The first rule of run club

99% market share...OH YEAH!

  What is the first rule of Run Club? If you answered: "Don't talk about Run Club," you'd be wrong. That's stupid, how else do people find out about it? If your answer to that is that they would see me running, well sir, there are limits to how far I will go to spread the popularity of something. No, instead the first rule of run club is apparently that you do not wear your Garmin as a regular watch.

    For those of you who are unaware, Garmin is a company that makes many GPS devices, including some of the most popular GPS watches for runners. Like many other companies that have cornered the market on items, (Band-aids, Kool-aid) the name 'Garmin' has become synonymous with GPS watches in the running community. In the past two to three years, running watches have make huge leaps and strides forward in order to help keep up with runner's...uhhhh...strides. One of the many benefits, and my personal favorite, has been the overall shrinking of the size of the watch itself. Its gone from the size of a 1980's desktop computer, to looking more and more like a regular timepiece. Which is handy when I go into a grocery store or Starbucks for a post run water/coffee/protein drink and people don't stare at my wrist like I'm using it to try to make large scale calculations for NASA.

Apparently running atop race day port-a-potties is also frowned upon
   That being the case, I assumed since non-runners couldn't tell it was a GPS watch, it was safe to wear in public.  For almost two weeks after I bought the newer, smaller Garmin Forerunner 210 I wore my watch before, during and after runs, with no one the wiser. I didn't have to fret over forgetting to take it off, or bother with finding a "real" watch. I felt like I was pulling a slick little trick and completely getting away with it. Right up until the moment I arrived to a gathering of friends having dinner and beer the night before a race. I walked in inconspicuously enough, but as I extended my hand to accept a beer, my jacket sleeve pulled back towards my shoulder revealing that I was indeed wearing my Garmin as a casual watch. The crowd's reaction was appalling. "Ohhhh, come on, man." "What are you doing??" With my personal favorite being the exclamation of "Really...really?" as if I knew somehow that what I was doing was wrong, and yet insisted on breaking social etiquette in order to make some kind of rebellious statement.  Having now brought the entire social event to a screeching halt, I bowed my head and muttered some sort of an apology which was met with a general "Just don't do it again" feeling permeating the atmosphere.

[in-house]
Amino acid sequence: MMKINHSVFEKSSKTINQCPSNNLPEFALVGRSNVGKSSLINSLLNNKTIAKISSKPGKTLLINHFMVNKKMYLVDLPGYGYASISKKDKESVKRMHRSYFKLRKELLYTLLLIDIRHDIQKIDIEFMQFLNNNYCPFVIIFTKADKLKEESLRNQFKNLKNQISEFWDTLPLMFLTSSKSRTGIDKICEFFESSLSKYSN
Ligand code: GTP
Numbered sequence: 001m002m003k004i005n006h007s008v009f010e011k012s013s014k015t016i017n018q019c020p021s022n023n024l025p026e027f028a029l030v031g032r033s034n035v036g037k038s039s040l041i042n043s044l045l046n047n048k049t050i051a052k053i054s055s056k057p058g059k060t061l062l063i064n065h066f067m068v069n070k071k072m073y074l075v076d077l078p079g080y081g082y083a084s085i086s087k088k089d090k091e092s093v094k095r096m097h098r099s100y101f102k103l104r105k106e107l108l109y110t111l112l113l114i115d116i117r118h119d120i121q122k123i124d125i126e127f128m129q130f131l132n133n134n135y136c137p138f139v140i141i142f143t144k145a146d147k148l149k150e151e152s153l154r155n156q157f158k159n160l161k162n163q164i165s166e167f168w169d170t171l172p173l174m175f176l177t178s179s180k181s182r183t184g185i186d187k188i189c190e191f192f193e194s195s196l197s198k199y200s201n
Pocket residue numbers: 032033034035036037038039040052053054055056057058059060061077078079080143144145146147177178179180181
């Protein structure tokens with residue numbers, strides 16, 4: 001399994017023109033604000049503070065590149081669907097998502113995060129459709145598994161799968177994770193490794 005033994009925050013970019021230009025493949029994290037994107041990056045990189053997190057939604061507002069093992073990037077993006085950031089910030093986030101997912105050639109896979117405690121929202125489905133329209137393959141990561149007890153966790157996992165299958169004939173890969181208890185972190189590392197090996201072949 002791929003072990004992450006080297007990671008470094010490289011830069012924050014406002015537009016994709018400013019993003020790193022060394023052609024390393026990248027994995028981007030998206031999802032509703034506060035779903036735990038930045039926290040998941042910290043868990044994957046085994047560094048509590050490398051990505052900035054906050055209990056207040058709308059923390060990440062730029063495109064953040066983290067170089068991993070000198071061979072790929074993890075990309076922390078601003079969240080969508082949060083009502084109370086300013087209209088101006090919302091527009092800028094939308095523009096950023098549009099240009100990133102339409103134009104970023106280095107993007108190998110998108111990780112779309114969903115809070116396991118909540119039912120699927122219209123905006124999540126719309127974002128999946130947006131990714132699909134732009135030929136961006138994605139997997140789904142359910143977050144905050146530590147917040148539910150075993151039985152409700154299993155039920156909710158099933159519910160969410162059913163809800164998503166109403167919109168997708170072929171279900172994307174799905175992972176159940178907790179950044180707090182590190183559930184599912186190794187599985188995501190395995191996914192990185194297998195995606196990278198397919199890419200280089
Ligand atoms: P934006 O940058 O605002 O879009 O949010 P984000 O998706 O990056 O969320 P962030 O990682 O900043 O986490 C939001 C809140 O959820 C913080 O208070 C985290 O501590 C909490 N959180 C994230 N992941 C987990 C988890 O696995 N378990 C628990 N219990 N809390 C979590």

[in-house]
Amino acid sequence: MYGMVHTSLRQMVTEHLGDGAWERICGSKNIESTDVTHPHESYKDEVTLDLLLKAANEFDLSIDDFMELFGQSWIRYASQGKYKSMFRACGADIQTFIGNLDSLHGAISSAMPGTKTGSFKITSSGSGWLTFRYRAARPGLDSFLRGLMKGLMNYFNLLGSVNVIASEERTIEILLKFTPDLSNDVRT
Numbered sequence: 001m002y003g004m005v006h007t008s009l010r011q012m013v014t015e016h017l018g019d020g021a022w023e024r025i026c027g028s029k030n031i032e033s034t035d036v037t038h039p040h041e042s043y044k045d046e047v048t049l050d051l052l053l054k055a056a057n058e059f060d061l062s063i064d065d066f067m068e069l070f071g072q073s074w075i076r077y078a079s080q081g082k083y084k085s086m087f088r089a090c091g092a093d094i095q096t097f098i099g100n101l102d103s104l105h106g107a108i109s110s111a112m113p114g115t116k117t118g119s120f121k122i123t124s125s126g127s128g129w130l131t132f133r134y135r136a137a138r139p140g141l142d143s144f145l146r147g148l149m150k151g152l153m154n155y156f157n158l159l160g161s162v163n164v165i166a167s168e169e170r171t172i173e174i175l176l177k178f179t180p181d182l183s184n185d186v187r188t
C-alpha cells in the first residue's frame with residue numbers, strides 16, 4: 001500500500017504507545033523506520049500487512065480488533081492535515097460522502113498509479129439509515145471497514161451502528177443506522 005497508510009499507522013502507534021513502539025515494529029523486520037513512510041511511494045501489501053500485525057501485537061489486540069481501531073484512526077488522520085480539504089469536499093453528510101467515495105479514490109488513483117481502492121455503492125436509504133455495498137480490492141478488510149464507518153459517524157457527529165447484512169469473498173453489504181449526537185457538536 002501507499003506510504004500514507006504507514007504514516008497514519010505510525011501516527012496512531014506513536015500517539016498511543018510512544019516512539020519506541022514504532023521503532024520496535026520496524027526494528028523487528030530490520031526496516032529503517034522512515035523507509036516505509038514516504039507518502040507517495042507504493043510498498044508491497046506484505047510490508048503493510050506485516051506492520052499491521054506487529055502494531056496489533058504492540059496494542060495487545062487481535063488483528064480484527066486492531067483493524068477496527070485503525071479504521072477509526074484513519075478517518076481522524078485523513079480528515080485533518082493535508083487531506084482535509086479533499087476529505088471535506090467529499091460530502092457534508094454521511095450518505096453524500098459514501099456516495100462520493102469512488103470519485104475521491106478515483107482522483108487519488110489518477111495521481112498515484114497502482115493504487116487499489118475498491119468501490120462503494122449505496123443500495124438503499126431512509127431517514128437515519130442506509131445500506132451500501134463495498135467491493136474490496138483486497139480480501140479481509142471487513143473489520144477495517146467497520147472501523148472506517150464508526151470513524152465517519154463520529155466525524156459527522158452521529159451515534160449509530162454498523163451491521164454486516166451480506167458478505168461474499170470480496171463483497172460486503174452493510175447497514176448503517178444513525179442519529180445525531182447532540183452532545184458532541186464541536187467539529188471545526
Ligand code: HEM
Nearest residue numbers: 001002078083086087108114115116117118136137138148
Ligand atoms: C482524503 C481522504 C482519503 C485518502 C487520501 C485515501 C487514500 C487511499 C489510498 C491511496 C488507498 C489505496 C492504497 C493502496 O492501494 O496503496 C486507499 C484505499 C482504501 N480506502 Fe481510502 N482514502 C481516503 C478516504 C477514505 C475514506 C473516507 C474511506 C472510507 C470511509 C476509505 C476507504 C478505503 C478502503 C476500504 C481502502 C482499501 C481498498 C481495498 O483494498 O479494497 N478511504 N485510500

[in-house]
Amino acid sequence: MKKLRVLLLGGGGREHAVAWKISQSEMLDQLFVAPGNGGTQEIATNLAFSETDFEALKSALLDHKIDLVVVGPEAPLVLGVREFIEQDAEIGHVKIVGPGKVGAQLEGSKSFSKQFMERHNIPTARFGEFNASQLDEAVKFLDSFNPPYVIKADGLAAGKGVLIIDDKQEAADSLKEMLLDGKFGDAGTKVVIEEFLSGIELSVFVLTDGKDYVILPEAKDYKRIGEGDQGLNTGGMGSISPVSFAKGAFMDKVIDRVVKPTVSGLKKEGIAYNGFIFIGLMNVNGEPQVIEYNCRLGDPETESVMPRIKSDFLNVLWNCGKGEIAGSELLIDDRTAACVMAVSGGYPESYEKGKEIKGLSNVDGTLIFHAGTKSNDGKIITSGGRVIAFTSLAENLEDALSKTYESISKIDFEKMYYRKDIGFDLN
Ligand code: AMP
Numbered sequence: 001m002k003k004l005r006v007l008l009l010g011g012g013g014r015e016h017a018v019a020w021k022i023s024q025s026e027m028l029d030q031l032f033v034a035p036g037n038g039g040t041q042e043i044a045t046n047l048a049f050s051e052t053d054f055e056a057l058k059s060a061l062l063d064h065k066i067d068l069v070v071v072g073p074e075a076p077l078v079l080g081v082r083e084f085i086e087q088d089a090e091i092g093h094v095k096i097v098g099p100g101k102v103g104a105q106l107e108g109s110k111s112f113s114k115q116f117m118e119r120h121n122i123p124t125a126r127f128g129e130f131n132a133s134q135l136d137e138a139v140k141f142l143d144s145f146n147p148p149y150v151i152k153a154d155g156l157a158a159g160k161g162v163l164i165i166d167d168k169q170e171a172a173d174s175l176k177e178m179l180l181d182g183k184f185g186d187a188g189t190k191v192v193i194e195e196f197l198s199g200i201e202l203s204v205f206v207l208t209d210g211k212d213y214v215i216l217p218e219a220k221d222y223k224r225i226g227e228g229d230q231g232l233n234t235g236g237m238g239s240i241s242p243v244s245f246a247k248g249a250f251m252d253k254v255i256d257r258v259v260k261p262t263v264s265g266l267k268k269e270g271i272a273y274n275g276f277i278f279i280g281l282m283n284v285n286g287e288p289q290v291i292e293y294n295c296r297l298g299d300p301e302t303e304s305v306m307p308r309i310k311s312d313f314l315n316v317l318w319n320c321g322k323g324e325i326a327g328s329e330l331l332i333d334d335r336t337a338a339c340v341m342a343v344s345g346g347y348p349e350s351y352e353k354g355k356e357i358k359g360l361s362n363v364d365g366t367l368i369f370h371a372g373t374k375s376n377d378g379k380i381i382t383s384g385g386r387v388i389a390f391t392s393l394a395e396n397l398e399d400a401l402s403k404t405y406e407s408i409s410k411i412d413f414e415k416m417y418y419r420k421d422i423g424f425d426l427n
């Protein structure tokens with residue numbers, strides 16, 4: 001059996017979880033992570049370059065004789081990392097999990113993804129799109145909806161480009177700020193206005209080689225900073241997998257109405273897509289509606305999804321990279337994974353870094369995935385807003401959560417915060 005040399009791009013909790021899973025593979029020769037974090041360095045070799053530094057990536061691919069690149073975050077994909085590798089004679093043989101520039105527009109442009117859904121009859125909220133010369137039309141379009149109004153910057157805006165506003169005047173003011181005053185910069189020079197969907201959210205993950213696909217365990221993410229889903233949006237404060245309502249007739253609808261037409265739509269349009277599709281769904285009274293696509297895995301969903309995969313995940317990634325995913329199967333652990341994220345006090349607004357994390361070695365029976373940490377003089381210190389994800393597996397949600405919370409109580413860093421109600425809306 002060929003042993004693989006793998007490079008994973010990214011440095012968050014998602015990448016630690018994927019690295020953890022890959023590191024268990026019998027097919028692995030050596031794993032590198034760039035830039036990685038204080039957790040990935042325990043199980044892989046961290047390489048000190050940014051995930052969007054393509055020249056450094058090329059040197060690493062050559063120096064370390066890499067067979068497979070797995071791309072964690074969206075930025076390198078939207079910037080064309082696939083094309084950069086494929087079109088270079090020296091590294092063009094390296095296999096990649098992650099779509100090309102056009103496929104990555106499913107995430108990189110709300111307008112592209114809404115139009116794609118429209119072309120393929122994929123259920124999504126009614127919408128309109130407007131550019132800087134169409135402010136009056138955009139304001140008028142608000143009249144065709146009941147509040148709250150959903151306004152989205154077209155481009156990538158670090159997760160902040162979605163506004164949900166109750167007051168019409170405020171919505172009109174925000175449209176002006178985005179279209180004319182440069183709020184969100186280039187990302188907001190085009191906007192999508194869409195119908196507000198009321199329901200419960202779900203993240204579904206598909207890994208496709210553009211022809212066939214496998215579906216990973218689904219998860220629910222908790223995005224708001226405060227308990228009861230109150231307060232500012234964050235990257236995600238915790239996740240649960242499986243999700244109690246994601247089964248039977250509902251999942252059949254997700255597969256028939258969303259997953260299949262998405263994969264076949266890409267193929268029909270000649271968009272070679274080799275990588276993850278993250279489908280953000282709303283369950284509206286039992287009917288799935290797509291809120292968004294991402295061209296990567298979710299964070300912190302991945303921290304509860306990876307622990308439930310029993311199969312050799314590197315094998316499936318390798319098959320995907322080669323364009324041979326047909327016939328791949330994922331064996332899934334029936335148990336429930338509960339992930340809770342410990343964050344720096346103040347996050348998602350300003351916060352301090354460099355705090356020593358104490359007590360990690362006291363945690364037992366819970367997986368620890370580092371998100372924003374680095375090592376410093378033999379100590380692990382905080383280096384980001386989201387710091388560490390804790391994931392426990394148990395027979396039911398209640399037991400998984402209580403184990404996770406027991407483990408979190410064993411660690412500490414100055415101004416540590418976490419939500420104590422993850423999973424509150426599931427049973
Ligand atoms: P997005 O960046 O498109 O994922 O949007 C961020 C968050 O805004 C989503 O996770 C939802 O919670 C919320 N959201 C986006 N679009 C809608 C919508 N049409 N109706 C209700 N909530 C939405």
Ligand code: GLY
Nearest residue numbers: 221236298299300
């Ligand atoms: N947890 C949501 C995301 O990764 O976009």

The original Garmin Forerunner

   While I'm still not exactly sure which 'rules of running' wearing one's garmin breaks, I have discontinued my practice of wearing my running gear to anything that is not a direct running event. (For those who may not be aware; apparently it is considered "inappropriate attire" to wear your shortest running shorts to a church wedding- even if both bride and groom are runners.) That least around other runners. I do still, on occasion, wear my garmin while casually dressed, or times when I know I won't encounter any other running friends. But shhhhhhh...don't tell anyone.

   As always thanks for reading and if you enjoy the blog don't forget to like it on Facebook, and follow along on Twitter. (@CPNSrunning) Coming up this week is the Cold Water Rumble 52 mile ultra through the Arizona desert! Its my first ultra, feel wish me luck with the hastag #CPNSrumble on Twitter and Facebook. (Mailing address for burritos and beer to follow soon.)

Probably better if you wrap it all the way before shipping


  1. For the record, wear your Garmin whenever! ha! You've gotten this far without following all the "social" norms etc so why start now? At least, that's how I live and I'd say for the most part we've done exceptionally well. Beast on! That is all.


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